It is still dark when I leave Dubai, and I see an enormous orange ball appear between heavy clouds on the way north. I assumed to find a blue sky today, but I now start to wonder how the mountains I am heading to will be. The drive is easy, the traffic very thin, and when I take the turn for Jebel Jais it is still early morning. I follow directions of my phone, but it leads me straight to a military base instead of the mountain, and I am sent back by a puzzled soldier. After driving through dry, stony landscapes with a tres here and there, the mountains close in on the road, and the landscape becomes more spectacular. I cannot resist following a sign to a Via Ferrata, but it leads to a dry riverbed, where I walk until I see signs that this is a military area and that I should keep out, It turns out that the only way to get back to the road is drive up the steep ramp, against traffic direction, and I am relieved that I can quickly steer the car sharply to the right when I reach the main road.
From here, the road follows the dry river bed a little more, and then the switchbacks start. They take me up the mountain fast, and I am tempted to stop after every turn, for the views get more commanding the higher I get. Not only do I now get a great view of the dry wadis below, the terraces with agriculture, the square stone houses on the mountain slopes, but I also get a view of the mountains higher up including, I suppose, Jebel Jais itself, my destination of the day. The landscape becomes spectacular when I am above 1000 metres: the barren, rocky slopes of the mountains, the deep valleys below, the switchbacks lying on the landscape like a thick, dark grey snake. It is now possible to see how the road continues higher up, but I am still not sure of I can really make it to the top. The actual summit of Jebel Jais lies in Oman, but a secondary summit can be found on the UAE side of the border at 1892m. When I get higher up, and pass more parking lots, I eventually end up at a security gate, where it turns out that continuing up the mountain is not possible.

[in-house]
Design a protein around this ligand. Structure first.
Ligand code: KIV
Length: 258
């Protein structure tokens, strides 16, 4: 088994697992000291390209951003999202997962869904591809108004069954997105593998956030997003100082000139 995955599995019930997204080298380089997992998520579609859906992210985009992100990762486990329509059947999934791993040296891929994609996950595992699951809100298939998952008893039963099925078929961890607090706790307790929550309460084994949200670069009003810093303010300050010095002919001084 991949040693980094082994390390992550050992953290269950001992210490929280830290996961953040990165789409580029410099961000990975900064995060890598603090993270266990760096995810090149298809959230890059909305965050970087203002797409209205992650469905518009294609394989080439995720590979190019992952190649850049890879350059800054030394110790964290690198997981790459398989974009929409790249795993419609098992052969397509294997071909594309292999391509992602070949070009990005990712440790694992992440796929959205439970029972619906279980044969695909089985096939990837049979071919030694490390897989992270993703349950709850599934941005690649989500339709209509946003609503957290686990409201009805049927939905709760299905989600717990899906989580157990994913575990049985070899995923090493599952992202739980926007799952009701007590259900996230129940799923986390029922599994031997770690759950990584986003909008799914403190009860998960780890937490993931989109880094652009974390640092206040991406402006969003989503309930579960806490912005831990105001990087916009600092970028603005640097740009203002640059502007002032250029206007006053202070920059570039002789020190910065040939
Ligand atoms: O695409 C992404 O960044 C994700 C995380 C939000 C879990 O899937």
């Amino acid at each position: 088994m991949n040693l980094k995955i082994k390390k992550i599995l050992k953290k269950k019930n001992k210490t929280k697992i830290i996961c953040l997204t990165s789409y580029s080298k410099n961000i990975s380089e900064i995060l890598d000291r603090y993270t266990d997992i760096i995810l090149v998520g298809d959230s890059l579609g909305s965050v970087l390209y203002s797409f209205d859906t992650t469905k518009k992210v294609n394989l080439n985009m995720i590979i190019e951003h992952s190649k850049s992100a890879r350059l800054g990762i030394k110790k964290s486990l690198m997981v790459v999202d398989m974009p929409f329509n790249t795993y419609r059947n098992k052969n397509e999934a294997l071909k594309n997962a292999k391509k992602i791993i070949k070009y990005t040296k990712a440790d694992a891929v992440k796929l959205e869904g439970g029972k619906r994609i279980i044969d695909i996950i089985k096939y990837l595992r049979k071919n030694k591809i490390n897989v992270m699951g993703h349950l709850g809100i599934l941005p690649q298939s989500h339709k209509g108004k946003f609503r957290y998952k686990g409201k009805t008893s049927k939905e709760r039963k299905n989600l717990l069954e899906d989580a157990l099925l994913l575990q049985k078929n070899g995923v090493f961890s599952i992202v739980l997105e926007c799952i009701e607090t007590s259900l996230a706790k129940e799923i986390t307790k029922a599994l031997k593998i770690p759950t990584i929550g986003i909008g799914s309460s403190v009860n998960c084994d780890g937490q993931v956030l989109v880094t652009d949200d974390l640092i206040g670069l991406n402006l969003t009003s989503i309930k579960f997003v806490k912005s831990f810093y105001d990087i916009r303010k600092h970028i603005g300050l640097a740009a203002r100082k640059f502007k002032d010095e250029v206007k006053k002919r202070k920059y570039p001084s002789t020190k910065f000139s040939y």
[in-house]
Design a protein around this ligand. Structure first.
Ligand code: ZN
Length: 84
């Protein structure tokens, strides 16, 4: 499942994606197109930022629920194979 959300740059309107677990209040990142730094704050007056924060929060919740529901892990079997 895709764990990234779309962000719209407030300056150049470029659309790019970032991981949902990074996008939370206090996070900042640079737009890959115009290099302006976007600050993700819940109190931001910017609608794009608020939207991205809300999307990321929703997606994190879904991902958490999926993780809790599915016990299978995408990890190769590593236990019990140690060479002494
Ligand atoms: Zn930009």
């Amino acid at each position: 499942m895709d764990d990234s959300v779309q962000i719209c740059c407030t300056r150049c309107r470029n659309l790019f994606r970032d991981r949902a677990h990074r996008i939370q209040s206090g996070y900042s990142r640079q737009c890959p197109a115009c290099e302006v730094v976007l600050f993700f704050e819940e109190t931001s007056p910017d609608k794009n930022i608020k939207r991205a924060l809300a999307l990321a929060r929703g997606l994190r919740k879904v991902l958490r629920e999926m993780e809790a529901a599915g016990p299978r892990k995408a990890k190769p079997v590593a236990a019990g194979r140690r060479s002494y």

A few hundred metres back, I park, and walk up to the wooden platform viewpoint, which has the best views of the mountain: I now look directly into the deep valleys below, and see clouds creeping up the steep mountain slopes. The adjacent mountain is closed, so I cannot climb up for even better views. I find a signboard on which I see several hiking trails: the longest eventually arrives at the top of the mountain, only a few kilometres away. After preparing myself and tightening the straps of my backpack, I set off, to be shouted at my a guard after less than a minute. He is on the road below, and I realize after a while that I need to take him serious. It turns out that the trails are closed. I will have to reach the summit of Jebel Jais somewhere in the future. Later, I would learn that just a few months before, a helicopter crashed into the longest zip-line of the world, killing four, closing the zipline, and probably also causing the hiking trails to be closed. It is time to drive all those hairpins of Jebel Jais, and head back to Dubai.
Around the World in 80 Clicks
Personal travel impressions both in words and images from Jebel Jais (United Arab Emirates). Clicking on the pictures enlarges them and enables you to send the picture as a free e-card or download it for personal use, for instance, on your weblog. Or click on the map above to visit more places close to Jebel Jais. Read more about this site.